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Exercising in the cold weather - how to stay active as it gets colder

This summer saw plenty of hot days in Dorset, meaning exercise regimes possibly fell by the wayside in exchange for BBQs, al fresco wining and dining, and lazy weekends doing very little due to the excessive heat.
Now the weather has cooled down considerably and the nights are drawing in, you may find relaxing on a cosy sofa in front of the TV a far more attractive prospect than heading out for a run in the rain. Autumn, however, is actually a great time to get back into a routine so don’t let those chilly mornings or wet evenings put you off. In this article, we will look at how to get active for autumn and explore some cold weather exercise tips.

woman walking on green grass in cold weather

How to stay safe when exercising in cold weather

Staying safe while exercising at this time of year is very important. Visibility starts to become an issue and while it isn’t usual to experience weather extremes during the autumn, the season can still throw everything at us, from mild and sunny days to howling gales and sharp frosts. Therefore, it is essential to ensure you wear the right clothing, particularly when it’s cold.

What to wear

Your clothing and footwear play an important role in keeping you safe. Below we’ve listed what kit you might need before setting out.

  • Layers - Layers act as an insulator to keep your body warm and protect you from the elements. The first layer (known as the base layer) is the one you wear closest to your skin. This should be snug fitting and of a light synthetic material. Cotton should be avoided as it stays wet for longer, drawing heat away from you. One of the quickest ways to lose body heat is to get wet which not only feels unpleasant, but can also increase the risk of hypothermia. The mid layer provides insulation and should be a looser fit and thicker material such as wool or fleece for extra chilly days, while your outer layer should act as protection from particularly wild weather and be tough enough to withstand tears and abrasions. The layers should be easily removable in accordance to the weather. You will also need to consider wearing long trousers and sleeves, hats and gloves to protect your extremities in very cold weather.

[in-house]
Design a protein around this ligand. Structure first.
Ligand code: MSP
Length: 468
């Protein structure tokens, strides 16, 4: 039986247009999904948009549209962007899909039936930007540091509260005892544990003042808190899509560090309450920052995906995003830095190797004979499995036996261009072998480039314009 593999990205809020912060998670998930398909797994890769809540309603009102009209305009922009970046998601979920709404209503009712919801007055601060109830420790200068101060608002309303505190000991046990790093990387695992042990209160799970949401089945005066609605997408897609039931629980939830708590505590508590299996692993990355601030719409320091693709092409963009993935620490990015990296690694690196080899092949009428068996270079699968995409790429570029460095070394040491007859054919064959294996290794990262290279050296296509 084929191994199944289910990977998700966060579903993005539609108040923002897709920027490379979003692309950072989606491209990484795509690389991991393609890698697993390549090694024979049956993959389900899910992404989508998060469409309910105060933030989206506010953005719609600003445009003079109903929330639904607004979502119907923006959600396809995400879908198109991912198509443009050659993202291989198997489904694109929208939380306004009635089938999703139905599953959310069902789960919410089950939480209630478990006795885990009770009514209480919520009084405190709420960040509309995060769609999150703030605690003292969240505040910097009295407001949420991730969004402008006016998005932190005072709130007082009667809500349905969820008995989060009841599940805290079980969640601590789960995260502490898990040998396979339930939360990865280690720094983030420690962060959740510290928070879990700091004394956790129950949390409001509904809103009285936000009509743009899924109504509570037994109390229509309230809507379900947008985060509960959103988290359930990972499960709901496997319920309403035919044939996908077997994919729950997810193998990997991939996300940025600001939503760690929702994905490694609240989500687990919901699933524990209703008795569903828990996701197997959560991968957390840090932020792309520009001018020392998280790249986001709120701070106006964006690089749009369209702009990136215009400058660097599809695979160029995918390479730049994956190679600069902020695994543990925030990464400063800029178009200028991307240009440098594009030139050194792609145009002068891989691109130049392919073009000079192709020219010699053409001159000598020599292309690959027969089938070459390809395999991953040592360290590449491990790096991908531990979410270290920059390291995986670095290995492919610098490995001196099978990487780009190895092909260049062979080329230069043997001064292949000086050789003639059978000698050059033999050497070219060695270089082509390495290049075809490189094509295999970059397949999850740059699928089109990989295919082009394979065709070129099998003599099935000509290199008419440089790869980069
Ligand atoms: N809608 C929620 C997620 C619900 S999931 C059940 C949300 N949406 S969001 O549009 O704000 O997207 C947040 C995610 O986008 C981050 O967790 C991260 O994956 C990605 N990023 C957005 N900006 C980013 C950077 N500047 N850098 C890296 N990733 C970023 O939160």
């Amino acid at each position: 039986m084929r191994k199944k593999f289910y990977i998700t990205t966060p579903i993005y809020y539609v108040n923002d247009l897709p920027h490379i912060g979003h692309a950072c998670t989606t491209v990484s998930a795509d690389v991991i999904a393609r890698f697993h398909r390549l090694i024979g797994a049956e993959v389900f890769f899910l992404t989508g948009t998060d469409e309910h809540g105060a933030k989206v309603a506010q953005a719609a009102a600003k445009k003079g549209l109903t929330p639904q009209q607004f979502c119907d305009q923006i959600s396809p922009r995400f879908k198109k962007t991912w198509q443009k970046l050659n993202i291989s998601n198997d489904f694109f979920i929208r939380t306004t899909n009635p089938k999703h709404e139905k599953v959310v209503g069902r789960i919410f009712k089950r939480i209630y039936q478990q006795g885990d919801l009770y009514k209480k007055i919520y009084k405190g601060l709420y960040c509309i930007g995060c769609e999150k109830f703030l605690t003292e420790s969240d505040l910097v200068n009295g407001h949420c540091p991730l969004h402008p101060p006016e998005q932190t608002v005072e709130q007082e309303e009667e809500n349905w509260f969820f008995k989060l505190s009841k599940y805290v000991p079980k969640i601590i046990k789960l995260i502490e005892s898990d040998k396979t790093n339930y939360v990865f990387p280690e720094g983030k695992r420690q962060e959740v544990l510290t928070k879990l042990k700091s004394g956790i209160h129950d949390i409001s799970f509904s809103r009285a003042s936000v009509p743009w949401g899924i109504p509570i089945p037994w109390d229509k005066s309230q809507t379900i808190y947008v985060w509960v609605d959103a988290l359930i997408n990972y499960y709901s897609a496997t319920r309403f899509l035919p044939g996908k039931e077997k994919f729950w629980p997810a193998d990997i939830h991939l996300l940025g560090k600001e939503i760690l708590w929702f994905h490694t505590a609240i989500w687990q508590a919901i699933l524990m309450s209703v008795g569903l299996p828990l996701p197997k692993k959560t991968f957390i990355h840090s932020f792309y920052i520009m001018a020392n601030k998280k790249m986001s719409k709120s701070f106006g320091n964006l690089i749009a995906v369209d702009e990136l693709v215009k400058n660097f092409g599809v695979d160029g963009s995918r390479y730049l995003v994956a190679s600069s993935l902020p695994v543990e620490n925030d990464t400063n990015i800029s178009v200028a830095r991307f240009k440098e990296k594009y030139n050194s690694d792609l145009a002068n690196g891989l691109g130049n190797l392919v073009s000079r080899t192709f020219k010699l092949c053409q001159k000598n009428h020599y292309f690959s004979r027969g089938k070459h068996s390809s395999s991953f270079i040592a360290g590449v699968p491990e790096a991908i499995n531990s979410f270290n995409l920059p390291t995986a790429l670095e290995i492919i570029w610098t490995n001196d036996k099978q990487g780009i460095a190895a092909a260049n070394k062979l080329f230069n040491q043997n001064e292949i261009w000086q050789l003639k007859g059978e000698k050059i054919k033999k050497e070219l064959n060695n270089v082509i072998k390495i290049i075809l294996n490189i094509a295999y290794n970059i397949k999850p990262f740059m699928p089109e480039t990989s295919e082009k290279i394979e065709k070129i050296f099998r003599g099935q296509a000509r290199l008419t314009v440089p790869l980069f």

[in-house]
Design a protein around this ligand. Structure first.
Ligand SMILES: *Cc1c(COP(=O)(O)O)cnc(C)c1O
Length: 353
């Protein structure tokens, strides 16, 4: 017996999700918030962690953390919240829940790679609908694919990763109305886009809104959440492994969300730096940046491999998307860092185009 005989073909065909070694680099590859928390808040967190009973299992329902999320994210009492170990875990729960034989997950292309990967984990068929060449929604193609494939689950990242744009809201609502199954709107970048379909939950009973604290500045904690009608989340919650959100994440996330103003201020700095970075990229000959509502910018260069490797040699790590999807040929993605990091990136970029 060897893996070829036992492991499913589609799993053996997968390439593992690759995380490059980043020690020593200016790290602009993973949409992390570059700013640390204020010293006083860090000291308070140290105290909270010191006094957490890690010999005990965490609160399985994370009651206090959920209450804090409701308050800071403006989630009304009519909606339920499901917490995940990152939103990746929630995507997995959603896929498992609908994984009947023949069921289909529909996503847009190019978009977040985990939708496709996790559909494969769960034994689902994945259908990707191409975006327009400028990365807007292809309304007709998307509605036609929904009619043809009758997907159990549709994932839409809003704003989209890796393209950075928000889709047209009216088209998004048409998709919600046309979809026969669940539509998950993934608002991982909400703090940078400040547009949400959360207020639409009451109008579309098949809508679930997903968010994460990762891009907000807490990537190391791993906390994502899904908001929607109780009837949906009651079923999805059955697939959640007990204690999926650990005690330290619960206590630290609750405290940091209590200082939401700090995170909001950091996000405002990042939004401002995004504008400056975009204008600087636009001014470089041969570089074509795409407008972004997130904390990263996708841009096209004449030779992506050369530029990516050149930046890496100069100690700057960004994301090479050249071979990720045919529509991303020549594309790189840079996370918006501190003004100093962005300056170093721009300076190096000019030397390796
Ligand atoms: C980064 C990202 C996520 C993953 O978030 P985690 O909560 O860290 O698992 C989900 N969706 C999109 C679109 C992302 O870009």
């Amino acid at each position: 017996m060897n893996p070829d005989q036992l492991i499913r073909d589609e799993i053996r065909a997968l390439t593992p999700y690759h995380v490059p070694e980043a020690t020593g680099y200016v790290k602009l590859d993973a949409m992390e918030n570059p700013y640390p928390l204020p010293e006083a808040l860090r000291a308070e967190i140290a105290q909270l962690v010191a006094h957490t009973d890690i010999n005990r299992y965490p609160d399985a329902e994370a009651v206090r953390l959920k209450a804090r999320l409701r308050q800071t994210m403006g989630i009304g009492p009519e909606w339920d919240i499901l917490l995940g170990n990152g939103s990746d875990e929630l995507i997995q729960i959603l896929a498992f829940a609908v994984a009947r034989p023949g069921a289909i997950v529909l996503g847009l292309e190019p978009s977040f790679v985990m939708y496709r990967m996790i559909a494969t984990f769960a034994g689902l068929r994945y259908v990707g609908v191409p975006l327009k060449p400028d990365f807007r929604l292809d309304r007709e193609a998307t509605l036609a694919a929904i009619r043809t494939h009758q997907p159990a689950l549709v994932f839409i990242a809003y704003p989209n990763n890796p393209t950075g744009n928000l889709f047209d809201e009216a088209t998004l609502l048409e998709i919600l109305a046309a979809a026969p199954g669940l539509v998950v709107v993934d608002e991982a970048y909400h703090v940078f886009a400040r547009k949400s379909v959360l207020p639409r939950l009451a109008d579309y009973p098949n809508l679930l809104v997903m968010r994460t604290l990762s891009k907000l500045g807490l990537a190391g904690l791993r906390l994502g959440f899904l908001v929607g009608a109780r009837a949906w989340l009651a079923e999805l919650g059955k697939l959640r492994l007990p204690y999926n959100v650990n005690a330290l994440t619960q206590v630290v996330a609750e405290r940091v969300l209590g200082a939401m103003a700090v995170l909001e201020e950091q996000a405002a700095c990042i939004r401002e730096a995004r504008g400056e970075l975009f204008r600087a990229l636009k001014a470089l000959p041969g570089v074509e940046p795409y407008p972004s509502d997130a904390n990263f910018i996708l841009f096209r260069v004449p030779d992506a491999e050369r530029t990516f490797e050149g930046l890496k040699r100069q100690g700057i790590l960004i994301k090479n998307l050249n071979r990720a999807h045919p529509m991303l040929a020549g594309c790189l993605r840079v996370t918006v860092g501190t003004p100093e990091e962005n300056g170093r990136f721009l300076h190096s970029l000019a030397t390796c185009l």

• The right footwear - Ensuring your feet are warm and dry is very important when exercising outdoors. Trainers, walking boots or running shoes should be water-resistant, breathable and have good traction to avoid slipping on icy or muddy patches.

During your session

Now that you’ve taken that all-important step of leaving the sofa and are now out in the fresh air, you need to ensure you don’t put your health or personal safety at risk. Which is why you should take the following into consideration:

  • Visibility - As the days are starting to get shorter, opportunities to exercise during daylight hours decreases, leaving us with little option but to head out while it’s dark. Poor visibility makes it harder for other people or vehicles to see you, so whether you’re running, walking or cycling, be sure to wear bright reflective clothing. This is also important on dull or foggy days, or when there is heavy rain.
  • Exercise with friends - Exercising with others is a great way to stay motivated and will also help to keep you safe. If you do prefer to go it alone, be sure to stick to well-lit, populated areas. Consider ditching the headphones or earbuds - wearing these could mean you don’t hear vehicles or people approaching behind you. It is important to be aware of your surroundings at all times.
  • Choose the right place - Avoid areas where there are clear trip or slip hazards such as in fields, woods or along river banks. While these may be scenic, you are more at risk of injury, particularly when there is poor visibility.
  • Stay hydrated - Make sure you take a water bottle with you. Even in cold weather it is still possible to become dehydrated. For longer walks and hikes, it is also advisable to pack some energy bars and snacks.

Types of exercise you can do

person swimming

Even in cold weather, there are still plenty of different exercises you can do to help you stay active. Whether you’re someone who works out daily, or someone who enjoys a gentler pace, we can help find the right activity for you.